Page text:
Just take a look to see how truly lucky you areI believe that many of us feel sorry for ourselves at times. Hopefully, that comes about only rarely. At such times though, several items of frustration have seemingly ganged up on us, and the whole world may seem to have turned against us.
By: Bernie Hughes, Superior Telegram
I believe that many of us feel sorry for ourselves at times. Hopefully, that comes about only rarely. At such times though, several items of frustration have seemingly ganged up on us, and the whole world may seem to have turned against us.
As we read and see evidence of how a few folks have it so very, very good, that doesn’t help. The one percent have it so good financially, why couldn’t we have been in the 1 percent category too? If a depressed attitude has never hit you, that should, in itself, be at the very head of your good luck list.
If it comes, a very good way to help us out of the depressed state is to recall our good luck. Take just a little time, please! It would even be a good idea to write down a list. Our good luck may have temporarily hidden itself, but if we make concerted effort, we can pull ourselves out of the funk.
Most of us had caring, loving, parents who sacrificed a number of times, in a number of ways, or we wouldn’t have made it this far. Then there are the many teachers who helped us in many ways, and the other family members and neighbors. The friends we’ve had and have now should be on that list. If you haven’t come up with a number of pleasant memorable experiences, you are either a very unusual individual or have a very poor memory.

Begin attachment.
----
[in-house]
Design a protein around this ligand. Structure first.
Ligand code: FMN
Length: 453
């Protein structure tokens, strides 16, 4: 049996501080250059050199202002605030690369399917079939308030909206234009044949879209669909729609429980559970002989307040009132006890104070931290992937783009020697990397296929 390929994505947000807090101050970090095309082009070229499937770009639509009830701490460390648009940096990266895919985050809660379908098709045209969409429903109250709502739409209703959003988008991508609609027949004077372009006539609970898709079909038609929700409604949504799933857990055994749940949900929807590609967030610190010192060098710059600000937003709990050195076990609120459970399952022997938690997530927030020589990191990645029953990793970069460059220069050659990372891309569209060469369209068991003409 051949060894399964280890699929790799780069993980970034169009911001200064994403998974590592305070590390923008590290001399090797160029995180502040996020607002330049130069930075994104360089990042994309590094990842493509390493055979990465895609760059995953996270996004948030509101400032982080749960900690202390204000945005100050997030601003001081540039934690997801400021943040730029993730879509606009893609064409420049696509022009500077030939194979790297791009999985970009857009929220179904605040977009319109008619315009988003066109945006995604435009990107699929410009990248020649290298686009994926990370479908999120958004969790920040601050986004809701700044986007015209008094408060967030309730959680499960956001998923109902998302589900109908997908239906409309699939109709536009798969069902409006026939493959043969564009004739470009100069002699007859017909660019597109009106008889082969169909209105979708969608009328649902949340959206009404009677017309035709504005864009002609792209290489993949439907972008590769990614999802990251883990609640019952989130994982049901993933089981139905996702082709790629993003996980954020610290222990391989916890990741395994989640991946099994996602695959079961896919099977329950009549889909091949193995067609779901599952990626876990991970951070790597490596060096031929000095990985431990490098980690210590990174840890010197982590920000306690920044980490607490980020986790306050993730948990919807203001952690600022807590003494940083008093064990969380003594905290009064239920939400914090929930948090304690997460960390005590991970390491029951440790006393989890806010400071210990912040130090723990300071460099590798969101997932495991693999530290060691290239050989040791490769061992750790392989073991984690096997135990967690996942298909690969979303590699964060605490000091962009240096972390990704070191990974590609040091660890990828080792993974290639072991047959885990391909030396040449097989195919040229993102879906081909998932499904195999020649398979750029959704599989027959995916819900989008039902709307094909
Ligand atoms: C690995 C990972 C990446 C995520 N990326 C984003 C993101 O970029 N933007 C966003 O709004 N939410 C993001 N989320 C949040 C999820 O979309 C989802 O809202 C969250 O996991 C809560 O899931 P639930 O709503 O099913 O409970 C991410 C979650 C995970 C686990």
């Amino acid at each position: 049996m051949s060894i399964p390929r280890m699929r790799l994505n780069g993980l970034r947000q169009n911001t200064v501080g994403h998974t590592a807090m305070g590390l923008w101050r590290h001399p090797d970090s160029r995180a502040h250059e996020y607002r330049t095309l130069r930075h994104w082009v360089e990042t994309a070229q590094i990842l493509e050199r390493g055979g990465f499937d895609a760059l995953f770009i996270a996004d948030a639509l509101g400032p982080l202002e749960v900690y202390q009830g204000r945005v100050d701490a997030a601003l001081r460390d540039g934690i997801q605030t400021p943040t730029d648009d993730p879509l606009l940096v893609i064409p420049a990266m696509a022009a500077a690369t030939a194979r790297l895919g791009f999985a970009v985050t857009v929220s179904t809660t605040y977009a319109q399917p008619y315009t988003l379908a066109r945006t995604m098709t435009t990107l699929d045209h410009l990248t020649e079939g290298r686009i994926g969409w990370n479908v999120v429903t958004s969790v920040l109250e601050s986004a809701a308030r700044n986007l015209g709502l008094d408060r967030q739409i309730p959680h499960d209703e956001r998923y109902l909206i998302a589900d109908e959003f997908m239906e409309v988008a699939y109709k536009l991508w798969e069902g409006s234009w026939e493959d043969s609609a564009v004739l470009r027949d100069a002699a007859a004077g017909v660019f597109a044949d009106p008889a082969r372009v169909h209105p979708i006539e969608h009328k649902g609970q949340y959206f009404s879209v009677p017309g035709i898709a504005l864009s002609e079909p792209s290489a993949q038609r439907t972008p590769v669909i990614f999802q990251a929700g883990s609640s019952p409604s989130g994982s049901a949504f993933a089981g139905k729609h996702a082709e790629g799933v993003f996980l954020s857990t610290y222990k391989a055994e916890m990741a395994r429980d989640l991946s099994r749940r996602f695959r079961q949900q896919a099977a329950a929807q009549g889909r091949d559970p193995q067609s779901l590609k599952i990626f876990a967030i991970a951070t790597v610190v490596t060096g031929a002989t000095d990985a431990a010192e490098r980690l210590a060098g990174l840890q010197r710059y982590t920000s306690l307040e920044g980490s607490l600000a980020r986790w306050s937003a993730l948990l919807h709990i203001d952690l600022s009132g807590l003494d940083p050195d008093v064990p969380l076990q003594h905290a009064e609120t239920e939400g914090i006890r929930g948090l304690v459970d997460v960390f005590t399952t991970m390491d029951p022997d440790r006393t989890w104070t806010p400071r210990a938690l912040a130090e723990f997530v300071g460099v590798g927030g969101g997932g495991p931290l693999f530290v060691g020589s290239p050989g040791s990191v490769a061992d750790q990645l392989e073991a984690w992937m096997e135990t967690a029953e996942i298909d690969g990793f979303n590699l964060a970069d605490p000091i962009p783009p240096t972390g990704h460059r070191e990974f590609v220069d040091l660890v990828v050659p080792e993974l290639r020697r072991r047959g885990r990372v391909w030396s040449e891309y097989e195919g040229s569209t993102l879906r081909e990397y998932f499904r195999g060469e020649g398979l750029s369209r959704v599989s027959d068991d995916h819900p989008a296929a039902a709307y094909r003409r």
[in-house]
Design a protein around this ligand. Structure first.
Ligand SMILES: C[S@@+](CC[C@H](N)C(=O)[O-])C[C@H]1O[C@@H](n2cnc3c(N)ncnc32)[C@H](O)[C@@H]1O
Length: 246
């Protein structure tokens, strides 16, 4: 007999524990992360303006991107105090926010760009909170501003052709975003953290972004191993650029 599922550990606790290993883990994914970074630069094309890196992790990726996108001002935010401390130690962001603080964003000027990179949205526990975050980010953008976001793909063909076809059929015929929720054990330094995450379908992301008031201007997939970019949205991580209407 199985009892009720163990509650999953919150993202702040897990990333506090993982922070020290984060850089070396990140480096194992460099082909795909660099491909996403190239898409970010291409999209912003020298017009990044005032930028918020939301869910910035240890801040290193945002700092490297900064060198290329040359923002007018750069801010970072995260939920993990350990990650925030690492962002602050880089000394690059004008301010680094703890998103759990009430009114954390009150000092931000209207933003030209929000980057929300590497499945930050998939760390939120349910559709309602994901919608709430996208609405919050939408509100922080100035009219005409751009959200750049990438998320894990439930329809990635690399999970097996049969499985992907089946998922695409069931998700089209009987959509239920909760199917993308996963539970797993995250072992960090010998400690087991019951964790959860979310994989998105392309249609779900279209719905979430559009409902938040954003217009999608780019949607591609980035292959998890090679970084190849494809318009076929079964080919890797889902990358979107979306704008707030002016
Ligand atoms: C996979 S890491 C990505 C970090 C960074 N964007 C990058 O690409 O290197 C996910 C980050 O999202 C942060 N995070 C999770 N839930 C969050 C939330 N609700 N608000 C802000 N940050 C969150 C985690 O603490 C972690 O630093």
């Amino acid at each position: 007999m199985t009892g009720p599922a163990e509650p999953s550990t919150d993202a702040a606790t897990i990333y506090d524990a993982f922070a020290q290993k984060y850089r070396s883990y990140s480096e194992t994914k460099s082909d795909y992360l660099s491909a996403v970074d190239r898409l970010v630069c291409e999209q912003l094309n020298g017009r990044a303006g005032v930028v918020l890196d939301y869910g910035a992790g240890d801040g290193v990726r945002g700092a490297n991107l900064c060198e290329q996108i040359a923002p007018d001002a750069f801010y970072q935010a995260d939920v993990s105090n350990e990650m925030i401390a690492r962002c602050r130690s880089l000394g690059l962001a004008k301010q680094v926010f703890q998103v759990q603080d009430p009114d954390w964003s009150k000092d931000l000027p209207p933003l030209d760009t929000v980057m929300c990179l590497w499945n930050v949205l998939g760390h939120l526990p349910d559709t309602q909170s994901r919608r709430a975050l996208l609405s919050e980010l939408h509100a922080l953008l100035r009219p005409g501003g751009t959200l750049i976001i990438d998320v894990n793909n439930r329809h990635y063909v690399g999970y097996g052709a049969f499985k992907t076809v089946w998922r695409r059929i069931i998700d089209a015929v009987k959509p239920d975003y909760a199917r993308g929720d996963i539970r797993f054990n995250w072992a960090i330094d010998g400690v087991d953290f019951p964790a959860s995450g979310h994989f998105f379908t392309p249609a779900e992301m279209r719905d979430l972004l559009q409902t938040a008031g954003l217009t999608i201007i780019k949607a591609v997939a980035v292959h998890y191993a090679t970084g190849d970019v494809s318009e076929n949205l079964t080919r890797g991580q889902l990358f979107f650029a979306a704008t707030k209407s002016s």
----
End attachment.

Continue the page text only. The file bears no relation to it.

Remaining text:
Each and every one of us living in the United States can put that fact alone high on our good luck list. If the world were made up of only 100 people, here are three examples to help us see how lucky we’ve been:
Country lived in, 57 Asians, 21 Europeans, 14 Americans — north and south — eight Africans. We live in a comparatively uncrowded, wealthy country.
Sex, nationality and religion, 52 women, 48 men, 11 homosexuals, 89 heterosexual, 30 caucasians, 70 noncaucasion, 30 Christian, 70 of other faiths.
Think of all those people who didn’t luck out.
In the world, (6 people with 59 percent of the wealth, all from the U.S.), 80 poverty-stricken, 70 illiterate, 50 malnourished, one dying, one being born. One owns a computer, and one has a university degree. How many, many unlucky ones of those did you luck out on not being?
No doubt about it. We are lucky to be living in the U.S.A. Many schoolchildren even have cell phones and you can expand on the list of technological gadgets you have today. If you were born white that was a definite stroke of good luck. If your folks had the money to support your educational needs that was great and the list goes on.
If you have humored me and jotted down some of the good luck you’ve had, carry it around a few days and take a look at it when time permits. If it doesn’t make you feel better the next time your spirits are low, I’ll be very surprised; that won’t be helpful on my good luck list, and I’ve got a very long list. Try it.
Bernie Hughes, Ed.D, is a retired educator who resides in Superior. He can be reached at email@example.com.